SNN (ScrollingNetworkNews) ✿ ✿ Our Mel and Sydney returned to their nesting box with plenty of bonding occurring..but after 2.5 months of Sydney in the box from Dec 2013 to mid Feb 2014, the lack of prey gifts from Mel ( perhaps due to the severe and historic drought underway in California)and they have forgone the nesting process this year as many other raptors ✿ Compared to other owls of similar size, the Barn Owl has a much higher metabolic rate, requiring relatively more food. Pound for pound, Barn Owls consume more rodents – often regarded as pests by humans – than possibly any other creature. ✿ We remind viewers that sometimes owlets may not survive - the parents will dispose of things in "The Owl Way" -viewer discretion is advised, this is nature and the "Owl way". ✿ ~ ✿ “Animals, like us, are living souls. They are not things. They are not objects. Neither are they human. Yet they mourn. They love. They dance. They suffer. They know the peaks and chasms of being.” ― Gary Kowalski, The Souls of Animals ✿ Each species is a masterpiece, a creation assembled with extreme care and genius." ~ E.O. Wilson

Wednesday, August 24, 2011

Rodent control around the world

Jewish and Arab farmers in northern Israel have recruited avian assistance and adopted a green method of pest control.

A Jew, an Arab and an owl walk into a barn

A popular superstition holding that owls are bad luck caused Arab farmers to refuse for quite some time to put up nesting boxes for the birds, even though they are widely used by Jewish farmers as a form of biological pest control.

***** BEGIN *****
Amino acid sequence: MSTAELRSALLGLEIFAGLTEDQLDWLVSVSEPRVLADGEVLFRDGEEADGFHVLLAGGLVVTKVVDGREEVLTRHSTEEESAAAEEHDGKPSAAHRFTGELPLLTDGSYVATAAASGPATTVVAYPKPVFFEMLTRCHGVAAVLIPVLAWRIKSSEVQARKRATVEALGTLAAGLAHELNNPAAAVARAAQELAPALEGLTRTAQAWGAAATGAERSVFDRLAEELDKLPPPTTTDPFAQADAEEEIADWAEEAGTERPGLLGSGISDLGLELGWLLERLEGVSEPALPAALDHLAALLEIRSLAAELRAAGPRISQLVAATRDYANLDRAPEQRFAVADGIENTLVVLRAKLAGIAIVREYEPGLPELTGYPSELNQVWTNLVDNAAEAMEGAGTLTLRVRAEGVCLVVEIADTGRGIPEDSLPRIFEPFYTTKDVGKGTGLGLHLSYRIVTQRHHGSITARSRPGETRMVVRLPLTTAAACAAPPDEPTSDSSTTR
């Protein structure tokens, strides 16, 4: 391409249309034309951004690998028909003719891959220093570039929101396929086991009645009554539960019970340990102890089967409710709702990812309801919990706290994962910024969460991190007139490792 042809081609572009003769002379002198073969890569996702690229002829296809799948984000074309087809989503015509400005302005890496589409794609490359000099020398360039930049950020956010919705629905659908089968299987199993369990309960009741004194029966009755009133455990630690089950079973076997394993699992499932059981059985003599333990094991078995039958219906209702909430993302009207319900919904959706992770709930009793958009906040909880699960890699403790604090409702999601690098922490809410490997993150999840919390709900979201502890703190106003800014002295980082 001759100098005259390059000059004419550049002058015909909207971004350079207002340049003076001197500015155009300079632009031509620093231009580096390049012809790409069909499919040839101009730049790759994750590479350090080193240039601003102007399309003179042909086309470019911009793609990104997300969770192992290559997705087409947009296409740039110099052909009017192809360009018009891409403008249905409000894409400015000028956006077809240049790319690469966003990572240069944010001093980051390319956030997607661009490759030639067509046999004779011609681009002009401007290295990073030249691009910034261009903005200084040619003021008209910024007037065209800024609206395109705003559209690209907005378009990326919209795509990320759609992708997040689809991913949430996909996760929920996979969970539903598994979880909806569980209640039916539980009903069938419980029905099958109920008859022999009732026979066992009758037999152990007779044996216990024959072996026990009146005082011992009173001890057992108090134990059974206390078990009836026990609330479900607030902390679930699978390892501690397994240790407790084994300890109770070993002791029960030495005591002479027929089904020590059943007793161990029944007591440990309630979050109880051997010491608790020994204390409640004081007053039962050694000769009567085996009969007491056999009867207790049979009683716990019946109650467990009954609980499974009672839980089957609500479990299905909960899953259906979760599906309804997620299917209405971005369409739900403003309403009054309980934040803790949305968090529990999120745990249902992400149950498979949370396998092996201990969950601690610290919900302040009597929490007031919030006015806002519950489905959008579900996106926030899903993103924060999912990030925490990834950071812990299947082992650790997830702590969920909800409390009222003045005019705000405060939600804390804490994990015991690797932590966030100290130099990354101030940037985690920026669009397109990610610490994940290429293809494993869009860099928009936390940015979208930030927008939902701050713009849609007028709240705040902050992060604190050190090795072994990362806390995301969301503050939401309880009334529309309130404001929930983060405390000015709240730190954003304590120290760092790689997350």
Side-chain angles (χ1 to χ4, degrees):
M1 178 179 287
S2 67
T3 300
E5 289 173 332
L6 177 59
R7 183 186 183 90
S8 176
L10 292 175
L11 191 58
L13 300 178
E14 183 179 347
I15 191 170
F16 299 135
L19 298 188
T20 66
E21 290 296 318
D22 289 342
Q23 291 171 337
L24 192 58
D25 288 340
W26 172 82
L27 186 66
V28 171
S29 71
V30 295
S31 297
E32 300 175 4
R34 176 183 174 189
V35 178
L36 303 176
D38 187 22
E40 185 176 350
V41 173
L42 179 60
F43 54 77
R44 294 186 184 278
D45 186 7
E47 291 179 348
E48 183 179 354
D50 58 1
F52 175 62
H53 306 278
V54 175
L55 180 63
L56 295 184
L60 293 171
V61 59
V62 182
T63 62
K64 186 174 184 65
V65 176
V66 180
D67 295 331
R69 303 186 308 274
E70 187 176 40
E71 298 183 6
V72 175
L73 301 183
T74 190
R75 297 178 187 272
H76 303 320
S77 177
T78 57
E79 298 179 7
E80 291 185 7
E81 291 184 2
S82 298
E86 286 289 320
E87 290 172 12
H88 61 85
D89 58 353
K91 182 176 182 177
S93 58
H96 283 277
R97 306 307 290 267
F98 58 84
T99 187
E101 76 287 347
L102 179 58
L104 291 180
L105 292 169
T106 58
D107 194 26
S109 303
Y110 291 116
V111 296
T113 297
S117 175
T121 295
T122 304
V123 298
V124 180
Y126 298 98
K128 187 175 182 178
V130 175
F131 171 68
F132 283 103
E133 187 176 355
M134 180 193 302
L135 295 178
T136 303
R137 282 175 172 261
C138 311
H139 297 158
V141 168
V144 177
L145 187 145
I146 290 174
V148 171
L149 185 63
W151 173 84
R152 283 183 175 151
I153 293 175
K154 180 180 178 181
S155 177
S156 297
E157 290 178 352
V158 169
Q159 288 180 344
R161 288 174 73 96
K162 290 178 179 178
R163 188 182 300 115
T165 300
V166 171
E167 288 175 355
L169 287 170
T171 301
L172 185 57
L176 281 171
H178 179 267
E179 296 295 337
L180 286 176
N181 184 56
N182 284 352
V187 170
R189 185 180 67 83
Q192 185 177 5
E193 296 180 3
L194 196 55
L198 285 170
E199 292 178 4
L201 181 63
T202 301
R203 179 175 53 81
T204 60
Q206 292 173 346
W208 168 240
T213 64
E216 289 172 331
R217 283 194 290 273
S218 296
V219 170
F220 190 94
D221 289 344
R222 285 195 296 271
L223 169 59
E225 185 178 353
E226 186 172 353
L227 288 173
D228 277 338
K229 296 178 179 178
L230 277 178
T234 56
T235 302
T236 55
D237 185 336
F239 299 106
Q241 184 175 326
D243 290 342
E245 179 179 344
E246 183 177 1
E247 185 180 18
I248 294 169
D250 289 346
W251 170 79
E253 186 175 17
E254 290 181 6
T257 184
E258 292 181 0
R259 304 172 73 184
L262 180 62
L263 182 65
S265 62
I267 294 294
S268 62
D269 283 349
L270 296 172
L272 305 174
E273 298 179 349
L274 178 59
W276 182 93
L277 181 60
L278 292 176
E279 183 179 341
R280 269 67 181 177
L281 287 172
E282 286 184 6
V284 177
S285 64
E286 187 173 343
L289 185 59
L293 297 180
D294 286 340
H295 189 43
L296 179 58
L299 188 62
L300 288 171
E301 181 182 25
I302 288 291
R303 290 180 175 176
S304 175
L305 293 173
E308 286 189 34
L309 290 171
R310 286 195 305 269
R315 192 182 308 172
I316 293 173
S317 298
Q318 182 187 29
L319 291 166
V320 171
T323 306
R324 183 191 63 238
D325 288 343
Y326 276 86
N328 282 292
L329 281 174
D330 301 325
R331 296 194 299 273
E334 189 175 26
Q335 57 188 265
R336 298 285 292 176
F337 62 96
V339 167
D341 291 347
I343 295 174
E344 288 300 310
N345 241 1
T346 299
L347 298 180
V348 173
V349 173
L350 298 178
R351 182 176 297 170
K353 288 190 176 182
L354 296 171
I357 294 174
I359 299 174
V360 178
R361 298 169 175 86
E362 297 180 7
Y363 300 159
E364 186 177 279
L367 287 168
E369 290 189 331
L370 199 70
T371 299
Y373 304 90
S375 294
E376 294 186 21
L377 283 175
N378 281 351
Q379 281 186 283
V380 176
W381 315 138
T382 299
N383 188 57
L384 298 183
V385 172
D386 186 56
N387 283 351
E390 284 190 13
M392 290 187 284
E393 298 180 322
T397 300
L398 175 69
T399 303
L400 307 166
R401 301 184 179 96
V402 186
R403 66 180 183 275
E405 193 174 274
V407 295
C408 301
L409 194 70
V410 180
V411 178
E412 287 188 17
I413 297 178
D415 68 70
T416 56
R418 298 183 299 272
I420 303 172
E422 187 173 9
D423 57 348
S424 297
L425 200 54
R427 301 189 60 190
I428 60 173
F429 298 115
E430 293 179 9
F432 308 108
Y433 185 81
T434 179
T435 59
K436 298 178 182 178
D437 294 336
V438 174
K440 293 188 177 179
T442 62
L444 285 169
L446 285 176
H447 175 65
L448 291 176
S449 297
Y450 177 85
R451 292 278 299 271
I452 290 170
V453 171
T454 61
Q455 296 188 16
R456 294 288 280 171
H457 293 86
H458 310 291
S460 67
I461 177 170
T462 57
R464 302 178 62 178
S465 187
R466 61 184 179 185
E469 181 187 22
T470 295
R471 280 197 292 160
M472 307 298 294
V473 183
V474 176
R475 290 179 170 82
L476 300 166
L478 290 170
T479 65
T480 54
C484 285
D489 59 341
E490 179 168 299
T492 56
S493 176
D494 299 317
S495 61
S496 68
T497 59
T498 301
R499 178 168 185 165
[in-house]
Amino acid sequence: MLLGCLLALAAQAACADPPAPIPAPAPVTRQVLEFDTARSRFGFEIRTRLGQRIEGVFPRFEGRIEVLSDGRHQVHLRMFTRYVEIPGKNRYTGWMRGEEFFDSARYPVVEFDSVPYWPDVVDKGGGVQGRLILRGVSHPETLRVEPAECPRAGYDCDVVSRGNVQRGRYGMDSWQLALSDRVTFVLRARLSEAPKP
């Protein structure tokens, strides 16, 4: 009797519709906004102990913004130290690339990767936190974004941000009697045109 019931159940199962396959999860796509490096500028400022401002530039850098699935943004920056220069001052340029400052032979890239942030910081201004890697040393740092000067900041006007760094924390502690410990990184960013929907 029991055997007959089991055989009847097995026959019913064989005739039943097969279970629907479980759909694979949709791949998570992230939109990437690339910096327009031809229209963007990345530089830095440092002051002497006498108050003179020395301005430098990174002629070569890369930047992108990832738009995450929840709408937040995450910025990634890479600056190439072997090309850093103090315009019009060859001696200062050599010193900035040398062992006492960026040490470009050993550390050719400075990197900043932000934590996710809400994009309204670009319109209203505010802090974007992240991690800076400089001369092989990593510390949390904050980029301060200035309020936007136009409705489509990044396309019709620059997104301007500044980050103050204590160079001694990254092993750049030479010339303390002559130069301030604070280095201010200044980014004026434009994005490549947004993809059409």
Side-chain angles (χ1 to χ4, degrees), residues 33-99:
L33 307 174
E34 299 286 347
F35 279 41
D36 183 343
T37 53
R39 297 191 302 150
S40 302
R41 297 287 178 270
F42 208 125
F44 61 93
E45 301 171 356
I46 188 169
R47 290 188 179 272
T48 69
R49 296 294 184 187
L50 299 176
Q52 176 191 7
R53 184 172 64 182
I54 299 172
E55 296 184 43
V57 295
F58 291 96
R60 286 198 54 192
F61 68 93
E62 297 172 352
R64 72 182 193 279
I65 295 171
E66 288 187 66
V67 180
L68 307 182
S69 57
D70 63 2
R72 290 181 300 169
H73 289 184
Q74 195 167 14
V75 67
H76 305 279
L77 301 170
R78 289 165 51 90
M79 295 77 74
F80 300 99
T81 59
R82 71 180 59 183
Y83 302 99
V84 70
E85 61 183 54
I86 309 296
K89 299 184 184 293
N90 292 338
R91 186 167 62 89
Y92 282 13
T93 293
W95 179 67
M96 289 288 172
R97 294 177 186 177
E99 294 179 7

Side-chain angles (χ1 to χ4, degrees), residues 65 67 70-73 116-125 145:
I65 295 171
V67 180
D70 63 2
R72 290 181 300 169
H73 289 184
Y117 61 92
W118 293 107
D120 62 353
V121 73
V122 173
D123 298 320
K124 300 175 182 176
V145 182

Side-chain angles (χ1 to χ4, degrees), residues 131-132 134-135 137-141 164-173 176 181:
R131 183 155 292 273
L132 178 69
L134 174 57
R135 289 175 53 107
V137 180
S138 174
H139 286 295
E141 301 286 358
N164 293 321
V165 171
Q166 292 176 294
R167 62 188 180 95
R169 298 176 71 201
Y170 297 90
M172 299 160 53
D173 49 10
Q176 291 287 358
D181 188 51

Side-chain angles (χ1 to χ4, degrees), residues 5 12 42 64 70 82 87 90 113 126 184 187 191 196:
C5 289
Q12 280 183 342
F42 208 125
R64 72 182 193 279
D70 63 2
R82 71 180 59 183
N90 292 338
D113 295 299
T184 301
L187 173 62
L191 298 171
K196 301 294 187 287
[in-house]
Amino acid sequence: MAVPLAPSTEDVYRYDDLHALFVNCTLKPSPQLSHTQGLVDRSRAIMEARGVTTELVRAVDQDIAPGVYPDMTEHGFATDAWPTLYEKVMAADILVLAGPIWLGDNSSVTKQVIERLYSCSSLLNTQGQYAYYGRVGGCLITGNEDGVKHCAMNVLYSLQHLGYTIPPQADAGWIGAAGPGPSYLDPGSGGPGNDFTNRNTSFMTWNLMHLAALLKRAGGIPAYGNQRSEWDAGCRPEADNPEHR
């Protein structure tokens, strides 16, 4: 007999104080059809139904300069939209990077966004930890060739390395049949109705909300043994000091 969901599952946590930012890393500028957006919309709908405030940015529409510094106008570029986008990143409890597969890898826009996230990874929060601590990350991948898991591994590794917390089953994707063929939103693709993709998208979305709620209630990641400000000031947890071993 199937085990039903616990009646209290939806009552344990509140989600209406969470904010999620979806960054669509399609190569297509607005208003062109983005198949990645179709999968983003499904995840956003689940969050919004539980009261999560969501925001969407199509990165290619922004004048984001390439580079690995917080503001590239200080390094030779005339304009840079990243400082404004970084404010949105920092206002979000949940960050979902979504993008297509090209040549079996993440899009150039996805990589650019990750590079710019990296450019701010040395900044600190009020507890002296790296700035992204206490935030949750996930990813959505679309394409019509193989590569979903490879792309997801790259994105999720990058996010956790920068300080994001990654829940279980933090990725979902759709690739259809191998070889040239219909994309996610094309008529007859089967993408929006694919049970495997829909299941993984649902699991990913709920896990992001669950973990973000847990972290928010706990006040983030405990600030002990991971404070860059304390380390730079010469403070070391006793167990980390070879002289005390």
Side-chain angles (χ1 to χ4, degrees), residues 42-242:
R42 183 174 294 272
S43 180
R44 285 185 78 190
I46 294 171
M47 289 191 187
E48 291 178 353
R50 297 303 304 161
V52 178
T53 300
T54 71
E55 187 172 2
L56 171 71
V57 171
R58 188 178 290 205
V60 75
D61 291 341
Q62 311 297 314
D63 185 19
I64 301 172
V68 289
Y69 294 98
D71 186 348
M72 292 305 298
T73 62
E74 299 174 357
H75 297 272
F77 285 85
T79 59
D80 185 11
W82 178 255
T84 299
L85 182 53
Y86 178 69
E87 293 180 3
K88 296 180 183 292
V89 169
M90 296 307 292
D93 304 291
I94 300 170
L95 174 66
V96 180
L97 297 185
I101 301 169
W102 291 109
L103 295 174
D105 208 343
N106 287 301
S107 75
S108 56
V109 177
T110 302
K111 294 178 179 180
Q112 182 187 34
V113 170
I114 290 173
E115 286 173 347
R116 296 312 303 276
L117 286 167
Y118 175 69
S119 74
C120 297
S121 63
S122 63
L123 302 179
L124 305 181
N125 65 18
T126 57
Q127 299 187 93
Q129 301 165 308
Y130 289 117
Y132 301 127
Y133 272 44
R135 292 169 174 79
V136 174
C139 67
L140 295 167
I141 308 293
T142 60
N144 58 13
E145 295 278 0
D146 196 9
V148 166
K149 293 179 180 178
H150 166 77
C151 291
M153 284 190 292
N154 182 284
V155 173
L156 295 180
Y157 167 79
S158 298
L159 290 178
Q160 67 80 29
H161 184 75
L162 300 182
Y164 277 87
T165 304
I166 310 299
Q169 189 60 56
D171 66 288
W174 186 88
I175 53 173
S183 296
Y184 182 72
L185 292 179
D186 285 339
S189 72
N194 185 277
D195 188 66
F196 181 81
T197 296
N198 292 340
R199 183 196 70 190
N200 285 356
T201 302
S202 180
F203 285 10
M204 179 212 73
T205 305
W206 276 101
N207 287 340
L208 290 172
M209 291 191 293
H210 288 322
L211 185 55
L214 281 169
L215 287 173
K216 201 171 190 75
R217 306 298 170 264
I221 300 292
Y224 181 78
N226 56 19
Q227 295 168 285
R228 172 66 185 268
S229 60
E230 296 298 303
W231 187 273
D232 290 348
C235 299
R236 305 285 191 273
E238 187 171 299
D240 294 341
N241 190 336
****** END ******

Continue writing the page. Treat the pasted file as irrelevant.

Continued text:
Israel Ornithology Center, has managed to persuade Arab farmers in the Lower Galilee to put up dozens of nesting boxes over the last year, and dozens more are slated to go up soon.
To convince Israeli Arab farmers to overcome their fears, Darawshe launched a major informational campaign.
"I spoke with students at the schools, and also with imams. I even did a search of religious sources and found that the Prophet Mohammed rejected superstitions against animals, including owls.
To date, Jewish farmers have put up some 2,700 nesting boxes, as owls eat a large number of agricultural pests.

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A: For the first two weeks of age they eat from 2 to 4 per night. At three to five weeks of age they will consume 5 to 10 per night, per owlet! They will continue to consume about 10 voles per night until they are about ten weeks old, when the parents begin to slow down on the amount of food offered. This encourages the young to leave the nest to search for the parents, drop in weight, and eventually hunt for themselves at about twelve weeks of age